FDA Approves First Oral, Once-daily Therapy to Prevent HAE Attacks
December 4, 2020
Rare Daily Staff
The U.S. Food and Drug Administration approved BioCryst Pharmaceuticals’ oral, once-daily therapy Orladeyo to prevent attacks of hereditary angioedema in adults and pediatric patients 12 years and older.
Hereditary angioedema (HAE) is a rare, genetic disorder that results in recurring attacks of swelling in various parts of the body, including the abdomen, face, feet, genitals, hands, and throat that can be can debilitating and painful. Attacks that obstruct the airways are potentially life-threatening due to the risk of asphyxiation.
Orladeyo is a novel oral plasma kallikrein inhibitor being developed for both prophylactic and acute treatment of HAE attacks. Kallikrein is an enzyme that is chronically uncontrolled in people with HAE. One capsule of Orladeyo per day works to prevent HAE attacks by decreasing the activity of plasma kallikrein.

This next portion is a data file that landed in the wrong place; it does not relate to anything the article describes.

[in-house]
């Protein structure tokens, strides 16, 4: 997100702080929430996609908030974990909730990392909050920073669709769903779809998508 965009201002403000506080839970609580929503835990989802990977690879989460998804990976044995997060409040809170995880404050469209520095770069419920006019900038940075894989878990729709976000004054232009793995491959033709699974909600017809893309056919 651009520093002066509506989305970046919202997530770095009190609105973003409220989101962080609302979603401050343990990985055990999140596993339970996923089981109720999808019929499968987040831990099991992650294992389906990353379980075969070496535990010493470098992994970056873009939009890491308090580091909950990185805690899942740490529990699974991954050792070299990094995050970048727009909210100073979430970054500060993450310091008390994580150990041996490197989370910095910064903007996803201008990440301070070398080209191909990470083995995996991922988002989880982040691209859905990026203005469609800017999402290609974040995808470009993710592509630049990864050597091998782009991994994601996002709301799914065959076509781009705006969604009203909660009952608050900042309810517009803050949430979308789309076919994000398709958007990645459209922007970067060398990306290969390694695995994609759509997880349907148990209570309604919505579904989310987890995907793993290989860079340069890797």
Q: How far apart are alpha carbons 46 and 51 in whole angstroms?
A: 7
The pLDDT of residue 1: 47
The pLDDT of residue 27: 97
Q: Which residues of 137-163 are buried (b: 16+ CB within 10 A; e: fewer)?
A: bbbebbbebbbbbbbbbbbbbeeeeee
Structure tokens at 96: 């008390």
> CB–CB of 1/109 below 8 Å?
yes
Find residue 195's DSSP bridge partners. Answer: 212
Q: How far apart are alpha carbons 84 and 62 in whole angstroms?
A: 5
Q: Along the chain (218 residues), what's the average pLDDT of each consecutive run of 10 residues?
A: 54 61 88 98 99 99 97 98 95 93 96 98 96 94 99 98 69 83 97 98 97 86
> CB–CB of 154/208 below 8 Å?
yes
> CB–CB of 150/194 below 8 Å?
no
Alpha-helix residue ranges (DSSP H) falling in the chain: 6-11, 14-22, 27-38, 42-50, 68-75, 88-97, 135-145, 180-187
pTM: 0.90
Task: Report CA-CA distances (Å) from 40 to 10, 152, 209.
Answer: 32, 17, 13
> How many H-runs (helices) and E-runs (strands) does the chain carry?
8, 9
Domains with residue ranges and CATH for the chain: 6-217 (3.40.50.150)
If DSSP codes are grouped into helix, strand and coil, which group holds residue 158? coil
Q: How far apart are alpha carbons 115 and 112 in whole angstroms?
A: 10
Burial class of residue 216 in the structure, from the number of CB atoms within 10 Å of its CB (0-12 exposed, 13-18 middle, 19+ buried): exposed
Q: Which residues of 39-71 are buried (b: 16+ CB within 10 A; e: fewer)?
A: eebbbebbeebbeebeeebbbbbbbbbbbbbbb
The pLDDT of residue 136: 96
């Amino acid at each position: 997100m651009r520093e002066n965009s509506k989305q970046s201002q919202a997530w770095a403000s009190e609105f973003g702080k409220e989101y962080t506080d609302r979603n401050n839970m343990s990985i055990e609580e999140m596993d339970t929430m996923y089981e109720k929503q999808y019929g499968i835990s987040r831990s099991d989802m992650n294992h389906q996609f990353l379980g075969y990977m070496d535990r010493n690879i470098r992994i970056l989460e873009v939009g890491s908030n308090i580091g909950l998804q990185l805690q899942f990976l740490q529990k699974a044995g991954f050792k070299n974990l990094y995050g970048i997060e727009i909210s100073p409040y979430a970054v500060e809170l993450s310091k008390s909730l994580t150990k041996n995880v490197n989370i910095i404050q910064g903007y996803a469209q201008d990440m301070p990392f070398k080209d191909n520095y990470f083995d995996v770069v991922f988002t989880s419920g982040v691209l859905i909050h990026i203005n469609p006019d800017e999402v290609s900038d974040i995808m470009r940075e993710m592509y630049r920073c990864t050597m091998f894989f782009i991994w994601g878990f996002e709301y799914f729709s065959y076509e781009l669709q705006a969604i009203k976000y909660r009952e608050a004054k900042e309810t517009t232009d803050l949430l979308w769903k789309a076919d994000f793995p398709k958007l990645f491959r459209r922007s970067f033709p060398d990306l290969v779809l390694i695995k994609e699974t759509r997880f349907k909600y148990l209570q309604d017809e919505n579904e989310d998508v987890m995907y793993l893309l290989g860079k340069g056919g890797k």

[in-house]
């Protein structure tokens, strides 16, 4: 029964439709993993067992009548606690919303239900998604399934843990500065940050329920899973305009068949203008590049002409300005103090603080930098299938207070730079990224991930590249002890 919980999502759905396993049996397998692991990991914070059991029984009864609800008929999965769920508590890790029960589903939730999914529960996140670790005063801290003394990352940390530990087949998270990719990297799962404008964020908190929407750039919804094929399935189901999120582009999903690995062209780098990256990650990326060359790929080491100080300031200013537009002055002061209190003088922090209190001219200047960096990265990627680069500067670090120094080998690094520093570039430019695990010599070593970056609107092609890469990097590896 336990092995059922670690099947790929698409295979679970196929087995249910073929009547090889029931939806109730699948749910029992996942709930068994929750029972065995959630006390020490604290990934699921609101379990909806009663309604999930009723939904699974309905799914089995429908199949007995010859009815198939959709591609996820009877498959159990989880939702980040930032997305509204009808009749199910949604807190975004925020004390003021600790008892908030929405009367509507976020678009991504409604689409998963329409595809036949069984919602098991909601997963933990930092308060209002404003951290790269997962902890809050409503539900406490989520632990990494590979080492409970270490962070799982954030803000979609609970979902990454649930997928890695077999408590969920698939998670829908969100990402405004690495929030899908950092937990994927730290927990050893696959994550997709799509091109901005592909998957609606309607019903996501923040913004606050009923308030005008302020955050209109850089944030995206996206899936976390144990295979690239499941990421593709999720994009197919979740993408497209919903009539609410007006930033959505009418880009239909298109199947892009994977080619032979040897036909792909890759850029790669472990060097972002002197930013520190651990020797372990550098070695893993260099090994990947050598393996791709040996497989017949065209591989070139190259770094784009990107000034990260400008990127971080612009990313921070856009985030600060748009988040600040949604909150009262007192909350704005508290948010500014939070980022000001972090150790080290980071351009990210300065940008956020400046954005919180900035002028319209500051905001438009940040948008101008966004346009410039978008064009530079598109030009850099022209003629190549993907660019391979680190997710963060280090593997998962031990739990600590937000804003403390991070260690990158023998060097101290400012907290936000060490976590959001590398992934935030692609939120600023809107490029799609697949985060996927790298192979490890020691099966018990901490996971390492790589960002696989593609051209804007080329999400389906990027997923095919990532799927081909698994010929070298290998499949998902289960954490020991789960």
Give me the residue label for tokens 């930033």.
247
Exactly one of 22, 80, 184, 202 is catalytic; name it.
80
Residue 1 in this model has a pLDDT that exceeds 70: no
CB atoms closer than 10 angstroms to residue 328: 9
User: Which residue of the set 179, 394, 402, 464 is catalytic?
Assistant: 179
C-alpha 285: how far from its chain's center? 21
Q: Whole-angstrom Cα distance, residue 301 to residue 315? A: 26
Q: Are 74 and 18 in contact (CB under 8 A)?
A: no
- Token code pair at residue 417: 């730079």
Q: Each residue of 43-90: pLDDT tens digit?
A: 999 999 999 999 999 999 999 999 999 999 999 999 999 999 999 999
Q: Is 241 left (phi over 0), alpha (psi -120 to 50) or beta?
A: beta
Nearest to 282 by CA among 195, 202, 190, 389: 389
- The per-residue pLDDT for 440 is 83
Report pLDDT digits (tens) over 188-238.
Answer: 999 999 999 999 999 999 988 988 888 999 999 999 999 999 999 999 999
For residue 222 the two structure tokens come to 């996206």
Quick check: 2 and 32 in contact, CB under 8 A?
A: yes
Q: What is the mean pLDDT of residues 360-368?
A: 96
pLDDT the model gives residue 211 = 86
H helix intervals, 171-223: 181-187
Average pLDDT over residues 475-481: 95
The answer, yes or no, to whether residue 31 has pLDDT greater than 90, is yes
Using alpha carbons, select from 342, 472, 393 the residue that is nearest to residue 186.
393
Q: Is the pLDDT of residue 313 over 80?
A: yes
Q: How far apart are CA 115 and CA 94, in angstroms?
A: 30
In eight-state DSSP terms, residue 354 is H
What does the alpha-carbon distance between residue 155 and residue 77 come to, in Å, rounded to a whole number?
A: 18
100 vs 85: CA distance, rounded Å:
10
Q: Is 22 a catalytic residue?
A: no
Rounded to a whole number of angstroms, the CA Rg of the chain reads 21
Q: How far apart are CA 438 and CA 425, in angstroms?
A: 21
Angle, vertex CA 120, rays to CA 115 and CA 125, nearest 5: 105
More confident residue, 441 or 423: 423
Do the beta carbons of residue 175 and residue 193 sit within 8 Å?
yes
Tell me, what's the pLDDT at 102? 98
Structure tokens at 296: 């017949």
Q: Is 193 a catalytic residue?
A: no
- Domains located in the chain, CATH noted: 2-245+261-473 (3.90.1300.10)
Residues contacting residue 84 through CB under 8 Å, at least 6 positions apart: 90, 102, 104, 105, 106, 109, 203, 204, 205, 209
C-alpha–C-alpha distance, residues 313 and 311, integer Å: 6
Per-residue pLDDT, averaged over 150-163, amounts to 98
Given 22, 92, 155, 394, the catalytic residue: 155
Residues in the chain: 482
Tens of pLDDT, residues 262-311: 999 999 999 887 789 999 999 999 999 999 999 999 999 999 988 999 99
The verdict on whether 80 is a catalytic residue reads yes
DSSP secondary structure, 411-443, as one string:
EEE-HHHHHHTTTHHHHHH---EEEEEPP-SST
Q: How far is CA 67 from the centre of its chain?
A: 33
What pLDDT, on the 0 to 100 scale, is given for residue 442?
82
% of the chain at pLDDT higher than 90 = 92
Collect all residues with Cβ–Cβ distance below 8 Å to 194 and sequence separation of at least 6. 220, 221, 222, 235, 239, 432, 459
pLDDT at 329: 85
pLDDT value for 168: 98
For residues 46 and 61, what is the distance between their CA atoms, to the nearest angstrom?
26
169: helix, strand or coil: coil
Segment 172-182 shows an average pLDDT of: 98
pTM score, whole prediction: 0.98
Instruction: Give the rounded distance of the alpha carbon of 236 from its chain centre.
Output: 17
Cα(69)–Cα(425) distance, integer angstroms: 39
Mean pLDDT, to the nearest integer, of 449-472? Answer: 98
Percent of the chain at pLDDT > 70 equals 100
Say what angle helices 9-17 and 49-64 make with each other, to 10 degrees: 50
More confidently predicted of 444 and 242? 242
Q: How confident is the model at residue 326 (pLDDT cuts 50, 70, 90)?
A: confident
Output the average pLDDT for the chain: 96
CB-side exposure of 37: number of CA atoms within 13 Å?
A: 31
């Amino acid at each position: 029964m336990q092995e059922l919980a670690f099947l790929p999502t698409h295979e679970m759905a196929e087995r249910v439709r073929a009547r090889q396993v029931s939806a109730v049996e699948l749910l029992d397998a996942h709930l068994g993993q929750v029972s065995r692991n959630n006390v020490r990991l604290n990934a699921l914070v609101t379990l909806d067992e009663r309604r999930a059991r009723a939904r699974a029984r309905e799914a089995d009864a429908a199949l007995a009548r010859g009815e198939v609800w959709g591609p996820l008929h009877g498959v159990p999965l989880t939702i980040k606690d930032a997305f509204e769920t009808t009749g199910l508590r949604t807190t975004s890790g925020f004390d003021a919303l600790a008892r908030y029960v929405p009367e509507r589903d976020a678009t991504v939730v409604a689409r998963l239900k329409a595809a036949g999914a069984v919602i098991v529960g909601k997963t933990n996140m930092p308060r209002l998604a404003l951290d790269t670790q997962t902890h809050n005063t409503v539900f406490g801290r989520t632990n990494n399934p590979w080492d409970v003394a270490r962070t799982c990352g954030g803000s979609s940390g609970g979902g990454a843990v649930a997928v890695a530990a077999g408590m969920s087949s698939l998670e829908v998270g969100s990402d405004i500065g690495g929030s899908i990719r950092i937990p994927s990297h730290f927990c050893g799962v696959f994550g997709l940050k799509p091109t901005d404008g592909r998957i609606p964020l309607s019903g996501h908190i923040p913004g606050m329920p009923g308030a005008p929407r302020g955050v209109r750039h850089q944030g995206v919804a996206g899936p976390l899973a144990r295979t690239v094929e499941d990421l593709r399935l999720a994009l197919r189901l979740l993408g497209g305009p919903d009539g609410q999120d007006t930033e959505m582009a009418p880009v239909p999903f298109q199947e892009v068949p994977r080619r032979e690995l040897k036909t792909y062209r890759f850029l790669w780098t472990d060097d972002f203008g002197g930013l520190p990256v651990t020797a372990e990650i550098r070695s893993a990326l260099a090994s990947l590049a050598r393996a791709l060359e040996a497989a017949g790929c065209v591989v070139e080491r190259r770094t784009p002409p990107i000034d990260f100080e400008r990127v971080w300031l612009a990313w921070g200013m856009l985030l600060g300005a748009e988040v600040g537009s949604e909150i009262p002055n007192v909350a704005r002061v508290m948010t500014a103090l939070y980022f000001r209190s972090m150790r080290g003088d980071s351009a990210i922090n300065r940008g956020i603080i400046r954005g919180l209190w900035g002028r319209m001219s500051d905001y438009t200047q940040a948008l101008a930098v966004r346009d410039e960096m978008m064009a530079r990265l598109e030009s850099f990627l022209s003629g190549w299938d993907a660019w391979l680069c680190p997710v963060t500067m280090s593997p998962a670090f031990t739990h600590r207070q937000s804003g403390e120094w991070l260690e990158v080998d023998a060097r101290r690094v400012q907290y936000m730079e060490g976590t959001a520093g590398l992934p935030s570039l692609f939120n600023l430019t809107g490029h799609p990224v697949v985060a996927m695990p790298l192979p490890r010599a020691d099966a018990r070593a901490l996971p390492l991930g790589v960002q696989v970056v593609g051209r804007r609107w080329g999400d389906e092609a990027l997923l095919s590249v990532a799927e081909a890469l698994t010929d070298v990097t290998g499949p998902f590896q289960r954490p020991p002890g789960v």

“Orladeyo offers people with HAE and their physicians the first orally administered non-steroidal option for preventing HAE attacks and represents an important and welcome step in making more treatment options available to physicians and patients,” said Anthony Castaldo, president and CEO of the US Hereditary Angioedema Association.
In the pivotal phase 3 APeX-2 trial, Orladeyo significantly reduced attacks at 24 weeks, and this reduction was sustained through 48 weeks. HAE patients who completed 48 weeks of treatment (150 mg) saw reductions in their HAE attack rates, from a mean of 2.9 attacks per month at baseline to a mean of 1.0 attacks per month after 48 weeks of therapy. In the long-term open label APeX-S trial, patients completing 48 weeks of therapy (150 mg) had a mean attack rate of 0.8 attacks per month.
Orladeyo was safe and well tolerated in both trials. The most frequently reported adverse reactions in patients receiving Orladeyo compared with placebo were gastrointestinal reactions. These reactions generally occurred early after initiation of treatment with Orladeyo, became less frequent with time, and typically self-resolved.
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